Hall essentially reduces the accusations to “talking shit” about Holder. Like Jones, Hall seems to switch between treating the rumored accusations against Holder as a petty high-school fallout and a highly-anticipated product launch. In Jones’ case, she begins by hyping it up as some kind of drama before going on to trivialize it as something to “stay out” of. Maybe Hall, Jones, and other influencers’ response to these rumored accusations is indicative of what happens when you thrust people into the spotlight as teenagers and young adults, but that doesn’t make their eerily-detached attitude to a dark and severe rumor any less disturbing and, more broadly, damaging to broader perspectives of assault allegations. 

None of these influencers have explicitly said the word “assault.” Their vague language around these accusations coupled with the fact that none of them have necessarily denied that this might be the case has arguably only helped to fuel rumors among fans that these accusations amount to sexual misconduct. Reducing possible alleged assault allegations to a petty fallout or drama among friends has serious implications: Namely, it doesn’t treat such allegations with the weight and respect that’s needed. It significantly underplays the seriousness of the situation while also giving the narrative a playful dimension, which will only serve to encourage fans to treat these allegations (and their potential victims) with a similar lightness. It can lead to more victim-blaming, the silencing of victims, and ultimately builds an environment that makes it hard for victims to speak out and for their potential assailants to be held accountable. 

What makes these influencers’ blasé attitudes toward potential sexual assault more concerning is the fact that nearly simultaneous to the mass exodus from Holder’s Instagram, another high-profile sexual misconduct rumor was making the rounds in influencer circles. In late January, TikTok star Jack Wright released a harrowing 17-minute YouTube video detailing allegations of sexual assault by a fellow influencer, Sienna Mae Gomez. 

While Wright was widely supported by fans when going public in full with these allegations, he also experienced a lot of victim-blaming and harassment from Gomez’s fanbase, with his TikTok being flooded by users trying to disparage Wright and defend Gomez from these allegations (which she and her representative have denied). While a small number of influencers pledged their support to Wright in the comments of his YouTube video and TikToks, there was no kind of high-profile mass-unfollowing of Gomez like we are seeing now toward Holder. In fact, many influencers like Tana Mongeau are continuing to hang out and post content with Gomez.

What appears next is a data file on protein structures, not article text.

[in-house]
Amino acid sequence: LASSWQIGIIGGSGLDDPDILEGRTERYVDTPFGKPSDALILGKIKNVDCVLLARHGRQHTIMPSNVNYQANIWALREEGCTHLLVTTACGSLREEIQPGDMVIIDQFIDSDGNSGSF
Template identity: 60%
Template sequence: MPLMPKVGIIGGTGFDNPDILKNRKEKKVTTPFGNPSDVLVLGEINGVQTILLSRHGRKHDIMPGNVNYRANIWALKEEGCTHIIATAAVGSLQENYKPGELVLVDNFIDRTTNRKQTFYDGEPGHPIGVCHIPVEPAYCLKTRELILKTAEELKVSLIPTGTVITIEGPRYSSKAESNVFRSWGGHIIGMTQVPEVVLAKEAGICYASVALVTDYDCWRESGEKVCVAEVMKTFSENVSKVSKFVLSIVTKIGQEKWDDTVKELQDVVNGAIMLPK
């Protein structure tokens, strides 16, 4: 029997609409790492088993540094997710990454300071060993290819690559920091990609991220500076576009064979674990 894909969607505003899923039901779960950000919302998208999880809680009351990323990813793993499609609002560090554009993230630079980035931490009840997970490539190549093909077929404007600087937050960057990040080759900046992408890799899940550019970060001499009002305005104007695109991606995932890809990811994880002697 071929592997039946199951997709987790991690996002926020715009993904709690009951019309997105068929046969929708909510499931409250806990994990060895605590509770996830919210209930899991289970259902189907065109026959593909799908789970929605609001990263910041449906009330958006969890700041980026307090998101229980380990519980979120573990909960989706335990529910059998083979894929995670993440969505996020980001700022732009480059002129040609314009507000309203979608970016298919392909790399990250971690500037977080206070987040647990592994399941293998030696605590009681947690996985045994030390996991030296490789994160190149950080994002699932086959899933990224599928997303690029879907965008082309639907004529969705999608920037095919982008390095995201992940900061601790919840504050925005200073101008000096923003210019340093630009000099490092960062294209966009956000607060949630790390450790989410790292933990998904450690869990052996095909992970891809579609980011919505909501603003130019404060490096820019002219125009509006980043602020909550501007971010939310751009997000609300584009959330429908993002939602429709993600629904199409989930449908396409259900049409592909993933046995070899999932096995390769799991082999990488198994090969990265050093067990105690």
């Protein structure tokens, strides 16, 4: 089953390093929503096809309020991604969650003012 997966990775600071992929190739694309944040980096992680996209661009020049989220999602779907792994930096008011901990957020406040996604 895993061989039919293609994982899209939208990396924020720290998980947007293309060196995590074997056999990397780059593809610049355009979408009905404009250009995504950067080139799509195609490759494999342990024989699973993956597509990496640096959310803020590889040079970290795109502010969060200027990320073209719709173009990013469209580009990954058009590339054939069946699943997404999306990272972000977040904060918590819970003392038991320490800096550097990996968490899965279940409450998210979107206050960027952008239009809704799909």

Influencers’ reactions to Holder is new territory even by influencer standards. 

In 2021, Gomez faced similar accusations in the creator space and was not exiled by her own. Neither was Tony Lopez nor James Charles. But now, there is a coordinated influencer effort to exclude Holder, and, in the process, a serious situation is being trivialized like never before.

The problem isn’t so much that they’re condemning Holder at this level—it’s the fact that they’re doing so when they have a track record of keeping quiet on other accusations in their profession. It perpetuates the idea that it’s OK to pick and choose which victims to believe and which sexual assault allegations to take seriously. Regardless of what Holder has allegedly done, and how that compares to the severity of other past allegations facing influencers, this is wrong. Abuse, assault, and harassment are wrong and damaging regardless of their varying levels of legal severity, and imposing a hierarchy of what kind of sexual harassment and assault “matters” can inflict untold harm on their young audiences.

Another concerning result of this soft-launching is the fact that a growing number of social media users believe that Holder hasn’t actually done anything at all. Given how cancelation can oftentimes boost influencers’ relevancy rather than scupper it, many of of these users believe that his PR team is behind this mass-unfollowing exodus and vague allusions to assault, with their aim being to hype up “drama” and ensure Holder gets more media attention to promote his latest music. Of course, this is a pretty far-fetched conclusion to jump to. But the fact that so many users’ minds went there is symptomatic of the detached and all-too-lighthearted example these influencers are leading when it comes to sexual violence rumors against one of their own.

Update 12:05pm CT March 15: This story has been updated to remove Benji Krol’s name as Jorge Garay admitted to sending photos of Krol without his consent as well as “manipulating” him into getting involved, according to Dexerto.

If you are a victim of sexual assault or want more information on sexual assault, contact the Rape, Abuse & Incest National Network at 1-800-656-HOPE (4673).